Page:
Then when you do find somebody worth hiring, its not a done deal.  Due to the extremely tight market when you find a developer you want, you are battling with other companies.  Even meeting salary expectations isn’t enough, because of the market the employee can pick and choose which company they want to work for, with little risk of letting a good opportunity pass them by. 

Now just so this post isn’t one big rant I want to throw my thoughts out on a few aspects of this topic.

What does this mean for companies?

1. It means you need to be willing to pay top dollar.  This isn’t a market where you can negotiate down a persons salary.  If they say it is going to take 80K to get them on board, then you need to be prepared to pay 80K.

2. It means you better pay the employees you have.  I’m new to my job, and while money was far from the primary or only factor, it was a factor.  Companies need to pay the employees they don’t want to lose top dollar.  This, surprisingly, isn’t a market where a 5% raise guarantees an employee sticking around.

3. The cost of development has gone up.  The out-sourcing movement has had its affect on the market and there is no India to turn to to drive cost down.  Talented workers are expensive workers.

What can be done about it?

1. Training must be encouraged.  As the previous article stated in another way, you aren’t going to take the factory worker and plug them into these jobs.  People like me have been constantly learning for years to get to where we are.  They need to understand that just because they were a lead worker on their factory line, they will have to be the follower in their new line of work.

2. Government incentives.  I think this is a place where a focused tax benefit could come in handy.  Give companies a significant tax break for hiring entry level workers for these positions.  It cost money to train them and their newbie mistakes cost money.  Give companies a reason to hire relatively new people.

3. College for all.  Yep, the small government Republican just said that.  We need to find a way to get more people into college.  We can’t compete if we don’t have the skills to compete.

What does this mean for the worker?

1. Don’t be afraid to look around.  One of the big causes of the tight job market is that people are afraid to switch jobs.  I’ve never been one to play into this fear much.  I know that with some risk comes reward. 

2. Don’t be afraid to ask for more money.  Lets be real here when I say, they don’t have much of a choice in the matter.

3. Stay up to date on your skills.  This is why there is an allusion of age discrimination in the IT field.  People get comfortable in what they are doing and when technology moves on, they can’t find a job when they need one. 

With all of that being said, my employer is still looking to hire several .NET developers.  If you are interested contact me and let me know.  Going through me, does offer some incentive as I do get a referral bonus.  Not that I’d take it any easier on you in the phone interview, but it sure does make me like you more :-).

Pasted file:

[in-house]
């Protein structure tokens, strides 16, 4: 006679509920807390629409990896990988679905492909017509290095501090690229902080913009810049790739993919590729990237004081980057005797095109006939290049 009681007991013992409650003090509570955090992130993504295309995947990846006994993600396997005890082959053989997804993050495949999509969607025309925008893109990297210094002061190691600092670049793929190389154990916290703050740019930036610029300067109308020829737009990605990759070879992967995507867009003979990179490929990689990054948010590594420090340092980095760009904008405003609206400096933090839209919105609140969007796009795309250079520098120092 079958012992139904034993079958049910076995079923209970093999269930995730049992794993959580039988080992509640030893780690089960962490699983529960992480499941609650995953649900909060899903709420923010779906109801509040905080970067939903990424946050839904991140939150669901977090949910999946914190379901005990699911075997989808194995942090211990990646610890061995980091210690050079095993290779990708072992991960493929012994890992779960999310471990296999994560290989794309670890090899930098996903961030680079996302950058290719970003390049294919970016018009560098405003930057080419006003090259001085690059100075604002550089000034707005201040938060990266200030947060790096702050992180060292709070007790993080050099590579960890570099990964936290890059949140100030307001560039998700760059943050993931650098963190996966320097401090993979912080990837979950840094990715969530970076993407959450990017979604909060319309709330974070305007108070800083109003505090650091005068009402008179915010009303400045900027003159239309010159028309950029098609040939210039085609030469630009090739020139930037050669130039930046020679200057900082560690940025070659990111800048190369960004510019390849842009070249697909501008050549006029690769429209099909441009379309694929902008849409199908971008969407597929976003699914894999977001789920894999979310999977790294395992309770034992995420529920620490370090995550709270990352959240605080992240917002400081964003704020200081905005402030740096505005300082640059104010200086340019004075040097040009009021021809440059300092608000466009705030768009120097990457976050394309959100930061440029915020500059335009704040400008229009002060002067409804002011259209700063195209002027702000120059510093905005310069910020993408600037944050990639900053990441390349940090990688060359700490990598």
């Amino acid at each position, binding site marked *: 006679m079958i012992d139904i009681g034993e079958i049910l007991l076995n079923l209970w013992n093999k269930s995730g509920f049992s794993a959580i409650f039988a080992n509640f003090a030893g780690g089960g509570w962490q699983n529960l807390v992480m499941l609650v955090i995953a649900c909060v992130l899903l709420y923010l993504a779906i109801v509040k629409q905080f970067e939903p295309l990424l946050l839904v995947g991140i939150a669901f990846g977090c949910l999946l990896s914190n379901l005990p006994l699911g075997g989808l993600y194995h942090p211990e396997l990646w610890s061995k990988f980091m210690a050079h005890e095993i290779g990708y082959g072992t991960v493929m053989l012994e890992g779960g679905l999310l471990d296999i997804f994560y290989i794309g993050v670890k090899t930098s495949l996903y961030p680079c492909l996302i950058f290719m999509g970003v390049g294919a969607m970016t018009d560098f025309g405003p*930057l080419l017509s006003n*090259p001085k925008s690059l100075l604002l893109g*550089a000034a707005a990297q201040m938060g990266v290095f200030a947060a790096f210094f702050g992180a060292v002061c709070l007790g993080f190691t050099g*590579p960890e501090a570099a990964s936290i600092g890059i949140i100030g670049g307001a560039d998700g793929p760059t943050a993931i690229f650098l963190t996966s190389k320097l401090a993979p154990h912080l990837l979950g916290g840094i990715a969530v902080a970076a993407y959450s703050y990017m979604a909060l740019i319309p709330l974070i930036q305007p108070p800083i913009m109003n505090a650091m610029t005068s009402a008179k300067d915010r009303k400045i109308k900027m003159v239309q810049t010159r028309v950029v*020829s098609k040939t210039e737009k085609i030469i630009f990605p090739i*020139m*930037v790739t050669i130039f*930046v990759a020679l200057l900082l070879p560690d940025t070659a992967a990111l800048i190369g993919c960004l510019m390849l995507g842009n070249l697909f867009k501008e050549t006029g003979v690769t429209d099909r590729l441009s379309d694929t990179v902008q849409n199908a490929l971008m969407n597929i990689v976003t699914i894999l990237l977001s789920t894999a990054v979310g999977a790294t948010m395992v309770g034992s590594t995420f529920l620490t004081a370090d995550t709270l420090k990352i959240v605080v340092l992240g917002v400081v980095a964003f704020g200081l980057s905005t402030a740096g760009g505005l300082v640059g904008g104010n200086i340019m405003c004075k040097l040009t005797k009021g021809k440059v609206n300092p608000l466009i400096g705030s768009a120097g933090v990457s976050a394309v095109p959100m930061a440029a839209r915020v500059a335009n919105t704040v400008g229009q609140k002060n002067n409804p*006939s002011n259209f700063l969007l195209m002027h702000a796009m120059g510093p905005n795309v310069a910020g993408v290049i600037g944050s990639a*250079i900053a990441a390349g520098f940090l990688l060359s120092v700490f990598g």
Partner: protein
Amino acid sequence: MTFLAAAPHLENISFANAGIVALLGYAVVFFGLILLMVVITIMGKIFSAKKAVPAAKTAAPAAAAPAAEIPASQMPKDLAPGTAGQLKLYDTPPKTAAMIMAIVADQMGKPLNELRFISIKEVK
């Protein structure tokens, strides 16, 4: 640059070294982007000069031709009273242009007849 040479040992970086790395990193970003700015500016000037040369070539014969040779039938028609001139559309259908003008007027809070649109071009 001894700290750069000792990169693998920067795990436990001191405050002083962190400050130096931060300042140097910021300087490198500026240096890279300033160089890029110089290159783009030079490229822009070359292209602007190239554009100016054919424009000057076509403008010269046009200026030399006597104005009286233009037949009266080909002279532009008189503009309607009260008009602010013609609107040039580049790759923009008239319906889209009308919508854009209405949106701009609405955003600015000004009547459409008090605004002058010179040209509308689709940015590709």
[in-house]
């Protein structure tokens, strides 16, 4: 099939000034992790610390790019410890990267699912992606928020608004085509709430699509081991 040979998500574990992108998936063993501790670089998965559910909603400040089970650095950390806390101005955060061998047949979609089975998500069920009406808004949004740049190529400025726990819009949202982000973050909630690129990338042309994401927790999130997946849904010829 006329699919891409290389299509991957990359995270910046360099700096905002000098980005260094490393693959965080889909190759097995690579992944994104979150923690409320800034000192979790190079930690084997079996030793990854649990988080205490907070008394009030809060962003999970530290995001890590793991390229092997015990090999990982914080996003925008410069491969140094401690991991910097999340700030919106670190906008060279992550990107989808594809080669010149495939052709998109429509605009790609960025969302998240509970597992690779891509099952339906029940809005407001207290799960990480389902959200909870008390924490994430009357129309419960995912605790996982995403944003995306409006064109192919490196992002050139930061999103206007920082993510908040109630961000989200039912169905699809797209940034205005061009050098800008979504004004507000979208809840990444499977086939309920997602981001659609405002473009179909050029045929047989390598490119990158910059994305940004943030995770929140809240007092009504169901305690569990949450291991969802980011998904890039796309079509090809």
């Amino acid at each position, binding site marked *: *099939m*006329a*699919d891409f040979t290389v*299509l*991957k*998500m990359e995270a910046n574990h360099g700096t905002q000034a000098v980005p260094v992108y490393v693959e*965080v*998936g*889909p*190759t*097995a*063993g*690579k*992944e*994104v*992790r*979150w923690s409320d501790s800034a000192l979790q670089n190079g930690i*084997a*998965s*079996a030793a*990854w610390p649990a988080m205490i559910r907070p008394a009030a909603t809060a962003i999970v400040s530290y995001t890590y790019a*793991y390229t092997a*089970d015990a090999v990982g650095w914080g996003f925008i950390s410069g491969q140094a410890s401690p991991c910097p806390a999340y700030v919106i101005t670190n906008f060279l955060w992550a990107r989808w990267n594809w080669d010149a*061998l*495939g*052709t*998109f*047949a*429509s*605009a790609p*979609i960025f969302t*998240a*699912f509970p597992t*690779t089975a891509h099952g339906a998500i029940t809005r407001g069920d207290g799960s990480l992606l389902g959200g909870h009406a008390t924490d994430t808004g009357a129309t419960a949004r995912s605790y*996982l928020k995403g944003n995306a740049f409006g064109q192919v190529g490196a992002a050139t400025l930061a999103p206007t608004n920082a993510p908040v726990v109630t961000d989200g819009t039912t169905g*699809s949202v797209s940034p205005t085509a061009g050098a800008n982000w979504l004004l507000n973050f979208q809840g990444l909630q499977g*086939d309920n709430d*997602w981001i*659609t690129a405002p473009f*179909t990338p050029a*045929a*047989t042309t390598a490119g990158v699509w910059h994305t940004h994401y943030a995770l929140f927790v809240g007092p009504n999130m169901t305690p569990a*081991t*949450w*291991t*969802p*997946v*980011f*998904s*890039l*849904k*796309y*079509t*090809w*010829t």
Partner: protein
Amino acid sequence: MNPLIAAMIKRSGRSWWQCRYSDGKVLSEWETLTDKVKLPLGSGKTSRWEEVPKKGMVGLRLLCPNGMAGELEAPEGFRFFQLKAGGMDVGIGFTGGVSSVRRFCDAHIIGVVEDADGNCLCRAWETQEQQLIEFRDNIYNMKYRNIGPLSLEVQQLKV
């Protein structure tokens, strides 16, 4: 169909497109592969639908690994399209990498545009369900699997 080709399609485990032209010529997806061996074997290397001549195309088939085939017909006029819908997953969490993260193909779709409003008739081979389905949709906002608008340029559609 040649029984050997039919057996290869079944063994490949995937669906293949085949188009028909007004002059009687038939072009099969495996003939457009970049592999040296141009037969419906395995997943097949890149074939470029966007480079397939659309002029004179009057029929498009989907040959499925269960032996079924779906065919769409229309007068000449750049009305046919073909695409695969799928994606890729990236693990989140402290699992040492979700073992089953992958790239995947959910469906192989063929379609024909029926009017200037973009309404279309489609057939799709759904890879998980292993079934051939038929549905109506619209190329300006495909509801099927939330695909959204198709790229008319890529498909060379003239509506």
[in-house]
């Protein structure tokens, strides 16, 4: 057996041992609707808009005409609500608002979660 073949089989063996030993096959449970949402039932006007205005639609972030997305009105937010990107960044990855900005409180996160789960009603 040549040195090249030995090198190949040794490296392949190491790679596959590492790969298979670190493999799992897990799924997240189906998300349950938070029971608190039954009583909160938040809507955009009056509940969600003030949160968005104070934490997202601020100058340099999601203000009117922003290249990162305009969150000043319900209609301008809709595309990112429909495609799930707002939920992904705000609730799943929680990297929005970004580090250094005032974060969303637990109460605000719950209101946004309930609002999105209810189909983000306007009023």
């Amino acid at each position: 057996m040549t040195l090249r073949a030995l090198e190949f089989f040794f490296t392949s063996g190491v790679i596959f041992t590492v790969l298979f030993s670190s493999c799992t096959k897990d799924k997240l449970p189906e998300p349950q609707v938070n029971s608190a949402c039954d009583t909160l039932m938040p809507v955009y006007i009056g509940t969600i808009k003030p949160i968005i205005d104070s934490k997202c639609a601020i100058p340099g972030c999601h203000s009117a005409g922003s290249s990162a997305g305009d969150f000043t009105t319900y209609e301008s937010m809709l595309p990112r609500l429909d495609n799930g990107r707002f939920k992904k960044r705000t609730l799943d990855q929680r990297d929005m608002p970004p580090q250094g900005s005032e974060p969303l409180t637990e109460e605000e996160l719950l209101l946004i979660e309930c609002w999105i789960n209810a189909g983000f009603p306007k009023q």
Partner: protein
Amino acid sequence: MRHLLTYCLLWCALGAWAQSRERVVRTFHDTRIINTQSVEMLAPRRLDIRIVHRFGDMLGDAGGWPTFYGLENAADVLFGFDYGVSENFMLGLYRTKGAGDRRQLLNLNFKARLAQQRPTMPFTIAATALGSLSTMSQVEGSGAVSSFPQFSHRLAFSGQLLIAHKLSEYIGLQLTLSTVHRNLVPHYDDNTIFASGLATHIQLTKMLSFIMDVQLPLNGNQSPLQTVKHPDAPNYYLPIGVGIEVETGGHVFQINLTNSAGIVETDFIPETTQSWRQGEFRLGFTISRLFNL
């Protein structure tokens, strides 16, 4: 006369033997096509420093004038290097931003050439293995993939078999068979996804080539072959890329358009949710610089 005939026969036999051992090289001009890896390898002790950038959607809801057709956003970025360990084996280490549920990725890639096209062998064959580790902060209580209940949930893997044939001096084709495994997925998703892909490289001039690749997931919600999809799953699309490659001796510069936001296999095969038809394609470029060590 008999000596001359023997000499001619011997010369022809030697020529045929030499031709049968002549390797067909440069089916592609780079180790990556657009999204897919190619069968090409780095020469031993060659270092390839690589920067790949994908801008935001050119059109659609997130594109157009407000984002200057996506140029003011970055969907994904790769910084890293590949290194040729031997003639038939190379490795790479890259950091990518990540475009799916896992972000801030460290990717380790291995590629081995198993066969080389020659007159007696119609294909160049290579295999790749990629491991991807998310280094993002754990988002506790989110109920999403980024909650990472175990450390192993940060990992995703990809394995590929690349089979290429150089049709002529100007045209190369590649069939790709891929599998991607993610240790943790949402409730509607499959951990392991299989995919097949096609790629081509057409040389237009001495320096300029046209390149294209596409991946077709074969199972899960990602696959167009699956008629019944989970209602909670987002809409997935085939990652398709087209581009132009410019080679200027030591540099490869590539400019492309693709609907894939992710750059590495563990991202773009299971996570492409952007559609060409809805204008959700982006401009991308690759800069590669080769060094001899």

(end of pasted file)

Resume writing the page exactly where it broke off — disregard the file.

[Referenced article in PDF form]

Maker vs. Manager

September 13, 2009 18:49 by ckincincy

Being new to my current company, one of the big differences I’ve had to adjust to is meetings.  For a while we had a daily 10AM meeting and then occasionally we’d have another meeting at some point in the day.  Paul Graham wrote a great article on the topic that hits the problem well. 

The basic concept is that makers work in 3 to 4 hour chunks.  When a maker gets into work, they really don’t like distractions for three to four hours.  From a programmer’s stand point, this is very true.  There isn’t much you can accomplish in 40 to 60 minute chunks.  Its about that time frame when you’ve fully identified the problem and are ready to start writing some final code to fix the issue at hand.  Then managers work in hour chunks.  Each hour starts fresh with what is on tap.  So a meeting doesn’t really hurt their day because it is just what they need to do that hour.

You can read the source article here.  If for some reason that is no longer available, here is a PDF of the same article.

How To Lose Your Job

December 8, 2008 05:51 by ckincincy

I worked real hard to lose my job on Friday, and I'll share with you as well.

Step 1: Stand in Line

Step 2: Donate some money to St. Jude.

Step 3: Call the bosses wife over... and shove a couple pies in her face.

Pie Throw 108

Now, she would have been safe had she not prank called me two days before.

Step 4: Call the boss over... and shove a couple of pies in his face.

Pie Throw 111

Step 5: Call both owners of your company over... and shove a couple pies in their face.

Pie Throw 113

Now my politically leaning ways are known. So just before I pied the owners, they both yelled Obama!  Yes I Can, Yes I Did.


So that is how you lose your job in a matter of minutes, but unbelievably I'm still employed!

Categories: Work